My first month in New Zealand was shit. Absolute shit. From the stress of looking for a job, to one of the worst housing experiences one can have, I was not enjoying this so called ‘paradise’ at all. After a month though, I got a job, found a so-so car, and moved to a new place… it was time for a little trip to explore what NZ has to offer (more on that first month later).
A few weeks ago, I saw a picture of Piha on Reddit (I can’t believe I didn’t mention Reddit on this post) and realized it was just a 40 minute drive from my house. Clear skies, the sun shinning, oh yeah, the beach was calling.
Piha is more than just a good beach with nice waves, it is truly a geological spectacle to experience. As we approached from the road, here was the first view as you approach that clued us in to what was in store. It reminded me of the beach along Pacific Coast Highway from Santa Barabara to Santa Cruz.
As you arrive, there is one thing that is very much welcome, the complete lack of infrastructure. I like boardwalks as much as the next guy, but nothing really beats raw nature.
You can park your car almost at the sand, and for a weekend, it was fantastic how empty the beach was. Given that it is still spring and the water was much too cold without a wet suit, but it is refreshing to know we won’t be bumping elbows for a good spot.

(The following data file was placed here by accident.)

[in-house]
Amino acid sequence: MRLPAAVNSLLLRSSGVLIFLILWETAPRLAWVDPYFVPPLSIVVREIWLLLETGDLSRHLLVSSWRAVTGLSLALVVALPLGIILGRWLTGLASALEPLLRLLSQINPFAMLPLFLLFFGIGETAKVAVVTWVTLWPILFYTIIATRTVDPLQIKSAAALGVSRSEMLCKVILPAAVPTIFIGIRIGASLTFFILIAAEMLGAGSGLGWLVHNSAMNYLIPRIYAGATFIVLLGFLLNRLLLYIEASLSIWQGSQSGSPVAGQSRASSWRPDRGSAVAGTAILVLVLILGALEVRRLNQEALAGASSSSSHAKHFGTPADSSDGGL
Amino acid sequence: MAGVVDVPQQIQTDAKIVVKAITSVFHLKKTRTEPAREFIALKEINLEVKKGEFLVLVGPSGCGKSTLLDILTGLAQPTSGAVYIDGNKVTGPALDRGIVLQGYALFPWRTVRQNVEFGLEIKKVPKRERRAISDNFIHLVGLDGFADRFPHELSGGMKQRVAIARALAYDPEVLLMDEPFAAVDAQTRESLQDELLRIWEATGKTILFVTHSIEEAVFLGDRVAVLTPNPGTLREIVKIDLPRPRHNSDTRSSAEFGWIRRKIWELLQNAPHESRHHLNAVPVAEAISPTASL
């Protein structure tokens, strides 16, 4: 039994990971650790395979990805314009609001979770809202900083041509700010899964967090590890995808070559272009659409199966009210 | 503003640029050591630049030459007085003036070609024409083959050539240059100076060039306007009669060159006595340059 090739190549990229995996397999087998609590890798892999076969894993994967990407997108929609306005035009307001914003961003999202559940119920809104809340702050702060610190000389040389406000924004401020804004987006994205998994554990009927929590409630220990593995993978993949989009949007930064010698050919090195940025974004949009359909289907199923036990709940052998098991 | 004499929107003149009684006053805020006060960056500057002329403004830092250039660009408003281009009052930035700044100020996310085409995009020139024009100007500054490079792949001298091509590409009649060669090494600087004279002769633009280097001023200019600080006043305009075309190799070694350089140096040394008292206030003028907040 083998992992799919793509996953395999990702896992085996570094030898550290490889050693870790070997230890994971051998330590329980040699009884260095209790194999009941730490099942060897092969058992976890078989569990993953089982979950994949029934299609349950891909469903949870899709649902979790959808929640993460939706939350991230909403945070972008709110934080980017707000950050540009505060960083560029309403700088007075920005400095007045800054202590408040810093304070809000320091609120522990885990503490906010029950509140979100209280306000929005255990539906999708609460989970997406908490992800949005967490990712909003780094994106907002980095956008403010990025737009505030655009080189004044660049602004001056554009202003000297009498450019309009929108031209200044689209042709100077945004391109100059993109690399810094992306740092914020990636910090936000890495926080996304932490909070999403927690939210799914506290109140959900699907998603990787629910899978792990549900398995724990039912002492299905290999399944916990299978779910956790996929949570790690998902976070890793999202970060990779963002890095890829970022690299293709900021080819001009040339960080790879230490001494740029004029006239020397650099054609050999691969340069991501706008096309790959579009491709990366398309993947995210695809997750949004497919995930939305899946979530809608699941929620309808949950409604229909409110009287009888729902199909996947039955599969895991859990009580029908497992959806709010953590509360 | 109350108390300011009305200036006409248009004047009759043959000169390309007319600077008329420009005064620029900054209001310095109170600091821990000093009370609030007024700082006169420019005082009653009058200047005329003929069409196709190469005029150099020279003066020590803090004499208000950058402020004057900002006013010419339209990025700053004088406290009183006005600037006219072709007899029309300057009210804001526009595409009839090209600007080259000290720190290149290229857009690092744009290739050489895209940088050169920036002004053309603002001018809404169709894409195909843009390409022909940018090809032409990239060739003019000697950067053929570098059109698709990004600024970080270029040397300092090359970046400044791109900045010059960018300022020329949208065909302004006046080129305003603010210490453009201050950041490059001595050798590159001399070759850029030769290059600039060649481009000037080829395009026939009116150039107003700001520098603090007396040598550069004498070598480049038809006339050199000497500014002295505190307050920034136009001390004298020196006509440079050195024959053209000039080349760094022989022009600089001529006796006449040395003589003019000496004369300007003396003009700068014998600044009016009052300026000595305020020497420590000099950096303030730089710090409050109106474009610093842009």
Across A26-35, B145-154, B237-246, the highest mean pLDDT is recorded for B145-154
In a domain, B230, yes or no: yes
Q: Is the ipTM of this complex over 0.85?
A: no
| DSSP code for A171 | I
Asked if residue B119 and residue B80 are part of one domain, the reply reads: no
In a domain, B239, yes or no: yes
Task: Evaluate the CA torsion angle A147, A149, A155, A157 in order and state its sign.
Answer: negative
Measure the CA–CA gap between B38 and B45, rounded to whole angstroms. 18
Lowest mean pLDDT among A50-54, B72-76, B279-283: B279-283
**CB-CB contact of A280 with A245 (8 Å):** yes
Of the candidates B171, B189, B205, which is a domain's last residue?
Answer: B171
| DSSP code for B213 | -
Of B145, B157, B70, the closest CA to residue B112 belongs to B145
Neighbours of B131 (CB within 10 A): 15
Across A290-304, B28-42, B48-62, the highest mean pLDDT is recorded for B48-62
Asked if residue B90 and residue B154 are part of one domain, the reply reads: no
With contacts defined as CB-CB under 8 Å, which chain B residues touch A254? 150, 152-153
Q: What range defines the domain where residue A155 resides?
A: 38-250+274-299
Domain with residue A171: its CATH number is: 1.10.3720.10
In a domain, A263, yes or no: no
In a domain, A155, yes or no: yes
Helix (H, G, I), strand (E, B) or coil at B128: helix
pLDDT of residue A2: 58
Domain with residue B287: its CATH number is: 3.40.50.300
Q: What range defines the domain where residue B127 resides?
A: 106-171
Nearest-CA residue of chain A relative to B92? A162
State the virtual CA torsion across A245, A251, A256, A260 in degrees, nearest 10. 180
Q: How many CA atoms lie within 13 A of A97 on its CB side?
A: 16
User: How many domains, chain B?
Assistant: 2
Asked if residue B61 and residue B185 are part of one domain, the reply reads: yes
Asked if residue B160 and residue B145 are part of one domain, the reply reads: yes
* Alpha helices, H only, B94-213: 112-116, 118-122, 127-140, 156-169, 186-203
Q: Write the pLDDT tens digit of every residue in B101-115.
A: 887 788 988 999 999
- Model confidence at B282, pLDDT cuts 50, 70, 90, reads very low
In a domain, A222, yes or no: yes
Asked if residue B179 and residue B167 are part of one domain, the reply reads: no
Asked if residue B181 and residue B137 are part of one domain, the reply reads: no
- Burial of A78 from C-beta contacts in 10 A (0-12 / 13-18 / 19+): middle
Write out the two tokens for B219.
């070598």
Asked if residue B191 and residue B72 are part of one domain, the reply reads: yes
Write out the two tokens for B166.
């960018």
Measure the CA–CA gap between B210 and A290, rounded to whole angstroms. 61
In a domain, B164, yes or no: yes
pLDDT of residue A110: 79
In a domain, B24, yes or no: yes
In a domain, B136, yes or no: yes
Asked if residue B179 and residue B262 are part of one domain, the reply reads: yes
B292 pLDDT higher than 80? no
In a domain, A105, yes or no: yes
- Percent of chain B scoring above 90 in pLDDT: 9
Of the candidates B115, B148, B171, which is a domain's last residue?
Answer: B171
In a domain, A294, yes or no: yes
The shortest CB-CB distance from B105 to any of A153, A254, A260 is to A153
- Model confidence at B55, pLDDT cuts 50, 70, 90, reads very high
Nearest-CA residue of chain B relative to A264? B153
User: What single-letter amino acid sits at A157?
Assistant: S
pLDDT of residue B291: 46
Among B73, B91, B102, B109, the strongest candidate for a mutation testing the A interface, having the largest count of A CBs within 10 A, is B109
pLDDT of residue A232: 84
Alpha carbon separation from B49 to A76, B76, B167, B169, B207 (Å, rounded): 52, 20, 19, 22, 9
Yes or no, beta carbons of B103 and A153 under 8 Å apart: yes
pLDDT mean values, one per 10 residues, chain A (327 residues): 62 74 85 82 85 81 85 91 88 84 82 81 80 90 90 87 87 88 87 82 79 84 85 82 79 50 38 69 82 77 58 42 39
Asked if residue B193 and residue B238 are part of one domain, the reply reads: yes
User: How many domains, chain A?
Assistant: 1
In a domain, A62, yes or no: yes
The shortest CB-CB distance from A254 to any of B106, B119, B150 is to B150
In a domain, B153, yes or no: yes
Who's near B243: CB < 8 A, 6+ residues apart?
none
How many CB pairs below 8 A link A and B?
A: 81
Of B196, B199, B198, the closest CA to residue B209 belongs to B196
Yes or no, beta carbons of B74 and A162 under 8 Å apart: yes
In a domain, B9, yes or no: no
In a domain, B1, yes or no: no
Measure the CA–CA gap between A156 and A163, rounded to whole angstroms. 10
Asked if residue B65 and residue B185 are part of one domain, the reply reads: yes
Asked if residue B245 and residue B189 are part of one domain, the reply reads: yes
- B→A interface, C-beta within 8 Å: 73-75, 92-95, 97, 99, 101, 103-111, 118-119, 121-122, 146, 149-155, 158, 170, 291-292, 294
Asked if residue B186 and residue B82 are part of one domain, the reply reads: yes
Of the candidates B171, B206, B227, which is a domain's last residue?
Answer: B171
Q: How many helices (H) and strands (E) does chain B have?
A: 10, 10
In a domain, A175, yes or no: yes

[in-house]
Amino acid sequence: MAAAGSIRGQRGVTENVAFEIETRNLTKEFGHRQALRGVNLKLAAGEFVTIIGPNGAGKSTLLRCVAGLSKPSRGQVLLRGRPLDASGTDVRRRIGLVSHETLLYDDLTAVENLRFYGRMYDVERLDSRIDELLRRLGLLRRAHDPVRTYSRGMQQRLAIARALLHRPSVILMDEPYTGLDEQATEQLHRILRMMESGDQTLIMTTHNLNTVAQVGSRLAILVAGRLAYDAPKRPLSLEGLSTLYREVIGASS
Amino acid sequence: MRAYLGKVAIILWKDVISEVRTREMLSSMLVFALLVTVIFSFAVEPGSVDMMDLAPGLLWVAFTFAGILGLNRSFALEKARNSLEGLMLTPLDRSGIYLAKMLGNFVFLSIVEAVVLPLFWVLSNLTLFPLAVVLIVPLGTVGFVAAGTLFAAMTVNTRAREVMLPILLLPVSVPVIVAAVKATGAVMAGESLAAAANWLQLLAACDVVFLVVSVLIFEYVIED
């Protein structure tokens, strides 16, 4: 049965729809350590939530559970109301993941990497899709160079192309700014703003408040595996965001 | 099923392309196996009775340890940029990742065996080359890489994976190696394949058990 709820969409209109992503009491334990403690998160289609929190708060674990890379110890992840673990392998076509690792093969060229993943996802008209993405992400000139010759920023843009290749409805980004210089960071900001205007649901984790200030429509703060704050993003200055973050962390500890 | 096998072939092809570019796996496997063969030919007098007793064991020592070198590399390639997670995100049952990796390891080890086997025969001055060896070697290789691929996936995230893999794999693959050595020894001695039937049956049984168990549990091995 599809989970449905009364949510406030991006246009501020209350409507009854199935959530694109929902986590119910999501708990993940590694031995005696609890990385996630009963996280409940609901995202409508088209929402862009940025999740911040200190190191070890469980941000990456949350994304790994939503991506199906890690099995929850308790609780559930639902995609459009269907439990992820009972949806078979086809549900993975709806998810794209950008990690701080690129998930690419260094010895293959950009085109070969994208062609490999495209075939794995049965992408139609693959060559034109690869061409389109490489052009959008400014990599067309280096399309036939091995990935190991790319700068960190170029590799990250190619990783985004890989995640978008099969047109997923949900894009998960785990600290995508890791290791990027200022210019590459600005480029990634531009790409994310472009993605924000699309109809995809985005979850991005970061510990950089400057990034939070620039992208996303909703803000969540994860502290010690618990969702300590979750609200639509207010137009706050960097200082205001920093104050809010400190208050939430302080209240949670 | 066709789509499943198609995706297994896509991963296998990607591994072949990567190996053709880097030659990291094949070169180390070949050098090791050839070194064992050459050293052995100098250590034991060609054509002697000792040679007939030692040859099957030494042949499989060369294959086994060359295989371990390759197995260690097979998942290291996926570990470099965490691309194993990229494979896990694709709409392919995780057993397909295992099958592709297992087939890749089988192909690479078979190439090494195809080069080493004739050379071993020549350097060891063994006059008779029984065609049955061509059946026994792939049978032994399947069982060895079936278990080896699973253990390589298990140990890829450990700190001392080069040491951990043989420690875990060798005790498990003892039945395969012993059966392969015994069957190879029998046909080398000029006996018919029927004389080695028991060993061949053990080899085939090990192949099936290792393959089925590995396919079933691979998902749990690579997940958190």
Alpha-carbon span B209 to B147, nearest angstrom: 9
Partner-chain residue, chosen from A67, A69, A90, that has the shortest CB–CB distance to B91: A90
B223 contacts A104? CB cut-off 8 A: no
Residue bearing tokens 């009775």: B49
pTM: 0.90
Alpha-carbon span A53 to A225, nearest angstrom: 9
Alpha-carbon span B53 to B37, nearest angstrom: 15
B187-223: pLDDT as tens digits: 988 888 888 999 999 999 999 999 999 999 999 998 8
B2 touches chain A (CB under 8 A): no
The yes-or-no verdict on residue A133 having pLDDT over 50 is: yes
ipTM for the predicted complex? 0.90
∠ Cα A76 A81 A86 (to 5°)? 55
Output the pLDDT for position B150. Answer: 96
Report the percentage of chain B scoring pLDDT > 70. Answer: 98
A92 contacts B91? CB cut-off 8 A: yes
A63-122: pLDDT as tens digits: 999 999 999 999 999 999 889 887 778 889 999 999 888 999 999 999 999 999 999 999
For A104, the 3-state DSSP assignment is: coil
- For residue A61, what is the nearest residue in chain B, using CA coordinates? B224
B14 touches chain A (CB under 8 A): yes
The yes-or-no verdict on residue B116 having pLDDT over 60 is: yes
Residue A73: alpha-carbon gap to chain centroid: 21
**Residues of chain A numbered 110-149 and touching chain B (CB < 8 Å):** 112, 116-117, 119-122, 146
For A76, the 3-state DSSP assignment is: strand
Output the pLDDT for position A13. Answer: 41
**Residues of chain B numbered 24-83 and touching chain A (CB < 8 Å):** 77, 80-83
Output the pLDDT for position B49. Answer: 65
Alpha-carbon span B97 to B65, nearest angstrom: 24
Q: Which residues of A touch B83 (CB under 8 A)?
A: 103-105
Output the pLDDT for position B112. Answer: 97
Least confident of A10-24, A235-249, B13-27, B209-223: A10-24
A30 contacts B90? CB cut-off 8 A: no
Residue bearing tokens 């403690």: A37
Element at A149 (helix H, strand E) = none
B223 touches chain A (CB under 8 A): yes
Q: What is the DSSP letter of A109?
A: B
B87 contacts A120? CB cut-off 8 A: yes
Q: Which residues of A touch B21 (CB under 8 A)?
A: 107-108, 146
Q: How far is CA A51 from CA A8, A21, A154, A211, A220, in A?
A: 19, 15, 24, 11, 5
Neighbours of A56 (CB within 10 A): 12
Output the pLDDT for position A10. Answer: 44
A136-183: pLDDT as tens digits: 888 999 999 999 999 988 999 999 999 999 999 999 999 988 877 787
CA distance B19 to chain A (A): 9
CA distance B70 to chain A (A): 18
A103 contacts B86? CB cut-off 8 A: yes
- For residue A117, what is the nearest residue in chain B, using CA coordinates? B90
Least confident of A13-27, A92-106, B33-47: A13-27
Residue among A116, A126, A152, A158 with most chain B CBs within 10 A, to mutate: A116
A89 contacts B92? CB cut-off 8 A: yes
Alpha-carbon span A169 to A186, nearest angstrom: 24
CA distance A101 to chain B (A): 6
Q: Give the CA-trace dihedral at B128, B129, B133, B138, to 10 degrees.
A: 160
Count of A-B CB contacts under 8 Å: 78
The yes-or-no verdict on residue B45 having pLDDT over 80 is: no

Piha is a black sand beach which are notorious for their color (got you there didn’t I…okay fine, stupid joke). Anyways, the color comes from the west coast near Auckland being formed of broken down volcanic rock.
As you walk towards south Piha, you will notice a number of amazing natural structures. There is a waterfall which was trickling down on the sand, but unfortunately, it was difficult to get a good picture of it. One of the coolest parts though, was an arch where water flows through as it has over the millions of years (or thousands, the hell do I know) it took to form it.
At the very end was my favorite part. The seas smash into the rocks hard and you can see an amazing display if you climb up. An old guy who I met there was delighted that although Auckland has grown to over a million people since he was ‘a boy 40 years ago’ Piha has remained the same.
Sometimes, it is hard to accept that the places we have left as completely natural are few and far between in our world.
We explored a bit of northern Piha but it got cold and we headed back. As always, New Zealand did treat us to a spectacular sunset. Every Kiwi so far that I have told about Piha laughs. “If you got impressed by that…” and I am glad to hear that this is only the beginning.
I am not going to sugarcoat it, life in NZ has been a lot harder than anticipated and Sid and I have had to make a lot of concessions and financial adjustments. It was way too cozy in SE Asia being able to eat out every day but alas, those days are over. However, things are starting to look up, and it is important to stay positive!
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